Imagine Communications announced Selenio One XC, a software-only version of its compression platform for broadcast that it says will help companies deploy transcoding services in the cloud as well as in powerful on-premise systems.

Selenio One XC supports IP-based transcoding to and from H.264 and MPEG-2 and can do statistical multiplexing as an option. By summer, Imagine said, it will support adaptive bit-rate encoding for OTT applications.

Imagine Communications Selenio One

The Selenio One XC software follows on the heels of the original GPU-accelerated Selenio One XO, introduced in January. “The advantage there is that you can get a lot of channels in a box, so it’s more cost-effective, power-efficient and rack-space-efficient,” Imagine Communications VP of Product Management, Distribution, David Heppe told StudioDaily. “You can be a lot denser and do 360 channels in four-and-a-half rack units. But that’s not for everybody.”

The XC version offers the advantages of a pure software solution, Heppe explained, including scalability and the ability to run in the cloud, that can be more important than packing the most channels into the smallest rack space.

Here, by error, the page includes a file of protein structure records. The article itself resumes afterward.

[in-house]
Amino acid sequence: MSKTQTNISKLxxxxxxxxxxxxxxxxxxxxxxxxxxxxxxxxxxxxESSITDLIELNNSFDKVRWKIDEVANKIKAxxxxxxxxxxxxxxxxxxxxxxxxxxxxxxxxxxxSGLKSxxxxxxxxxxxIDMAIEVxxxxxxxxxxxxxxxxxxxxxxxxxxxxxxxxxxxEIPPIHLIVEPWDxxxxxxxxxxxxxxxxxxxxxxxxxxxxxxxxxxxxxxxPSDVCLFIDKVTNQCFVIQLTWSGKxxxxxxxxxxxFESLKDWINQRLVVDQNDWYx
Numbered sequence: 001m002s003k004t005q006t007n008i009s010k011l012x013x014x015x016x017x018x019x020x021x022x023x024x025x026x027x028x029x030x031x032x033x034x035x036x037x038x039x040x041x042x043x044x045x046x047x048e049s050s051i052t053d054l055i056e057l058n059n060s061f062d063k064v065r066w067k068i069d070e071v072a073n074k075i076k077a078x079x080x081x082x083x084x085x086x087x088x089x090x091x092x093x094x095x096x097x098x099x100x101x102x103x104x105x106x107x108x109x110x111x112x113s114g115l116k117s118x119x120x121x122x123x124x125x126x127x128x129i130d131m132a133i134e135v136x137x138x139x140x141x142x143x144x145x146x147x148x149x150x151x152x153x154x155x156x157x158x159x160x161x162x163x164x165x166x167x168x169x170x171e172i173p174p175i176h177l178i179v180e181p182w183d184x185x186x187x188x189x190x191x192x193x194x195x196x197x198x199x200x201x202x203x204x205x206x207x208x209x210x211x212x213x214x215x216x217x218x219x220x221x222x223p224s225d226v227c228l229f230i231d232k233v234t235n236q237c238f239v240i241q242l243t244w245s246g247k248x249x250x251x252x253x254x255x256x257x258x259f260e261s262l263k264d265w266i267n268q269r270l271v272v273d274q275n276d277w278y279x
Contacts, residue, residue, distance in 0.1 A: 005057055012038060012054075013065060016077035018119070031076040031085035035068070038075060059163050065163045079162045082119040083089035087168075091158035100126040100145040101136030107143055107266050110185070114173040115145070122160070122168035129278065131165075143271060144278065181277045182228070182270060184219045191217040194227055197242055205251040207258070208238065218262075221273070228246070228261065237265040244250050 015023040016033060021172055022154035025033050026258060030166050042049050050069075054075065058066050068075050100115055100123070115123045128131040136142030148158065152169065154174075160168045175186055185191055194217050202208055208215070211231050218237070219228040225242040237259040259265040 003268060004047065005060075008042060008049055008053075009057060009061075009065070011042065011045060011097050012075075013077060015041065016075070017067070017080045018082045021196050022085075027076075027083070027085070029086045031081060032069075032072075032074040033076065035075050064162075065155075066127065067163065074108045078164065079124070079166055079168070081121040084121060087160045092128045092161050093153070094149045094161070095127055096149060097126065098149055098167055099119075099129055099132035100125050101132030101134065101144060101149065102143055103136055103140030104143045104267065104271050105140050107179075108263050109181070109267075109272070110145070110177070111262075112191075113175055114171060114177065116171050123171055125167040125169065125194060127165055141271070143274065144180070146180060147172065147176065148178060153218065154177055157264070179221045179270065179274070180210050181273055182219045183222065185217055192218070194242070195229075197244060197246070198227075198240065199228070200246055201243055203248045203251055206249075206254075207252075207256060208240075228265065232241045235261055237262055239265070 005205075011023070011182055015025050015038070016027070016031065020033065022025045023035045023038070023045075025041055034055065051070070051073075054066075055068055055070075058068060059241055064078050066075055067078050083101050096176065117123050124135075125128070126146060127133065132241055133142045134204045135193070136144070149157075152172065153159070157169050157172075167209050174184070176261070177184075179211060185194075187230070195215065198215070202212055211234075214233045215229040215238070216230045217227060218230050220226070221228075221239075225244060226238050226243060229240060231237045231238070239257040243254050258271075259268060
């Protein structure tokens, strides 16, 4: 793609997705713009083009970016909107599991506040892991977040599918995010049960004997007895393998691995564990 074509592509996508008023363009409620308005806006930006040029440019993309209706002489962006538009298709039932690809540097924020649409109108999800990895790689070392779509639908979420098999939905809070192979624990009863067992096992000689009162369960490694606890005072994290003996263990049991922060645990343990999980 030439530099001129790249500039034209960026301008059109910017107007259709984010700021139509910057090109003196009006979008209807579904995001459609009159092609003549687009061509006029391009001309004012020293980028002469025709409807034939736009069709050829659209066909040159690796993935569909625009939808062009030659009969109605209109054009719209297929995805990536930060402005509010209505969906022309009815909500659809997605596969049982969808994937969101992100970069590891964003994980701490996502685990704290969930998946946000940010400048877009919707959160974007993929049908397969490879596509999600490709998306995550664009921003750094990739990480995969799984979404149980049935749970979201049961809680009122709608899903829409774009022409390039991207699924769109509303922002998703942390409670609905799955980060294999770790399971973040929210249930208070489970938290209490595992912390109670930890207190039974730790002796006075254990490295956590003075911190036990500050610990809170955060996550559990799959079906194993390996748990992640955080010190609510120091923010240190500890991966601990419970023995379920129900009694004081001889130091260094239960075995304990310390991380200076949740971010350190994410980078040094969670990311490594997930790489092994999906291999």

“It’s a little different from XO, which is positioned primarily for the OTT market,” Heppe said. “Initially, the XC is positioned for linear transcoding — one channel in, one channel out. But it can support multiple channels on a one-in, one-out basis, and you can multiplex them together to more efficiently fit more channels into one transport stream.”

Like Imagine’s Versio playout product and its SelenioFlex transcoding system, Selenio One is built on the company’s Zenium platform, so different implementations can be controlled through a common user interface. It’s part of Imagine’s more modular approach to media technology that began after Imagine’s acquisition of Digital Rapids, whose Kayak platform was rebranded as Zenium.

“It allows us to get new products out faster, and to be more flexible with third parties,” Heppe said. “A lot of encoding and transcoding companies develop their own codecs, while we focus on finding best-of-breed codecs for different applications. We can easily swap and leverage years of development from third parties and integrate them into a seamless framework so they are all controlled the same way. To date we haven’t really opened up the Zenium book so people can go in and make their own components, but that’s something that we’re looking at down the road.”

Imagine Communications: